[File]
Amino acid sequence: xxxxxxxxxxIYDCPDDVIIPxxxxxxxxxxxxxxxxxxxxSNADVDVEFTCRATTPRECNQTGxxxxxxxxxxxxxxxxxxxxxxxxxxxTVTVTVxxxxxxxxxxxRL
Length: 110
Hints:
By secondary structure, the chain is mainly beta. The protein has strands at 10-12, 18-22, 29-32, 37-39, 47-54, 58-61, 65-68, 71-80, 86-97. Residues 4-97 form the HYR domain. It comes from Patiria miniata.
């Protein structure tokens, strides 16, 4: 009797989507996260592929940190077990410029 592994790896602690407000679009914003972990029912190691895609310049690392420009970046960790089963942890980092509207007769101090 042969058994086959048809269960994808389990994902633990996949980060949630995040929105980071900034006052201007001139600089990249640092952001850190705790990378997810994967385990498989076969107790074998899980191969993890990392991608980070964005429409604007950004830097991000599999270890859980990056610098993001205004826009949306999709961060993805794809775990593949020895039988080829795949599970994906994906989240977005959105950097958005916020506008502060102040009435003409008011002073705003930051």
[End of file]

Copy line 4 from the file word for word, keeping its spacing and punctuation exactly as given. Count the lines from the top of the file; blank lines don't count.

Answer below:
By secondary structure, the chain is mainly beta. The protein has strands at 10-12, 18-22, 29-32, 37-39, 47-54, 58-61, 65-68, 71-80, 86-97. Residues 4-97 form the HYR domain. It comes from Patiria miniata.